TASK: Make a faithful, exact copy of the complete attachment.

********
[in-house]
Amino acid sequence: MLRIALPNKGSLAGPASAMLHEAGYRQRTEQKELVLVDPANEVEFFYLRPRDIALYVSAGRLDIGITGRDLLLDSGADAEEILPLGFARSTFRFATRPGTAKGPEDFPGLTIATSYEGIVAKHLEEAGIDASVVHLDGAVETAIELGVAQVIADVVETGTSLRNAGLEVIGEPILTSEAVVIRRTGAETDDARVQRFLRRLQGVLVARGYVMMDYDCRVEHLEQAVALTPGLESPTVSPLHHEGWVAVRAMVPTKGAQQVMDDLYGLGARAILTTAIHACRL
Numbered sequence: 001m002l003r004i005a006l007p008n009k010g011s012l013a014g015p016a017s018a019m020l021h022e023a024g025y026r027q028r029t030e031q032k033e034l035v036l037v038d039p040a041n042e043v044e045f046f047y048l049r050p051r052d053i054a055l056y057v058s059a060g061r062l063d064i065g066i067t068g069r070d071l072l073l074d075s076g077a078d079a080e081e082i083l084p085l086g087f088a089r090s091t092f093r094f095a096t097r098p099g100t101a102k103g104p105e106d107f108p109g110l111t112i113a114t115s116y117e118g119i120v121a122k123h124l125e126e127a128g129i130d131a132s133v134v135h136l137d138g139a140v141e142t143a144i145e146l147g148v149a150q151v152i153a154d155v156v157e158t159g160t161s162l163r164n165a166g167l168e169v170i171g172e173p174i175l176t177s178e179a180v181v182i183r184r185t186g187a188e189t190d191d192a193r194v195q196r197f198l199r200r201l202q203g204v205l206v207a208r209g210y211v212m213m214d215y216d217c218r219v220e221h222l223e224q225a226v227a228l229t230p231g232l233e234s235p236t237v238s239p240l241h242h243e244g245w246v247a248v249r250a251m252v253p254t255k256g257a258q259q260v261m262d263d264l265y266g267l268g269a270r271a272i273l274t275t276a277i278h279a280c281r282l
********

[in-house]
Amino acid sequence: MLRIALPNKGSLAGPASAMLHEAGYRQRTEQKELVLVDPANEVEFFYLRPRDIALYVSAGRLDIGITGRDLLLDSGADAEEILPLGFARSTFRFATRPGTAKGPEDFPGLTIATSYEGIVAKHLEEAGIDASVVHLDGAVETAIELGVAQVIADVVETGTSLRNAGLEVIGEPILTSEAVVIRRTGAETDDARVQRFLRRLQGVLVARGYVMMDYDCRVEHLEQAVALTPGLESPTVSPLHHEGWVAVRAMVPTKGAQQVMDDLYGLGARAILTTAIHACRL
Numbered sequence: 001m002l003r004i005a006l007p008n009k010g011s012l013a014g015p016a017s018a019m020l021h022e023a024g025y026r027q028r029t030e031q032k033e034l035v036l037v038d039p040a041n042e043v044e045f046f047y048l049r050p051r052d053i054a055l056y057v058s059a060g061r062l063d064i065g066i067t068g069r070d071l072l073l074d075s076g077a078d079a080e081e082i083l084p085l086g087f088a089r090s091t092f093r094f095a096t097r098p099g100t101a102k103g104p105e106d107f108p109g110l111t112i113a114t115s116y117e118g119i120v121a122k123h124l125e126e127a128g129i130d131a132s133v134v135h136l137d138g139a140v141e142t143a144i145e146l147g148v149a150q151v152i153a154d155v156v157e158t159g160t161s162l163r164n165a166g167l168e169v170i171g172e173p174i175l176t177s178e179a180v181v182i183r184r185t186g187a188e189t190d191d192a193r194v195q196r197f198l199r200r201l202q203g204v205l206v207a208r209g210y211v212m213m214d215y216d217c218r219v220e221h222l223e224q225a226v227a228l229t230p231g232l233e234s235p236t237v238s239p240l241h242h243e244g245w246v247a248v249r250a251m252v253p254t255k256g257a258q259q260v261m262d263d264l265y266g267l268g269a270r271a272i273l274t275t276a277i278h279a280c281r282l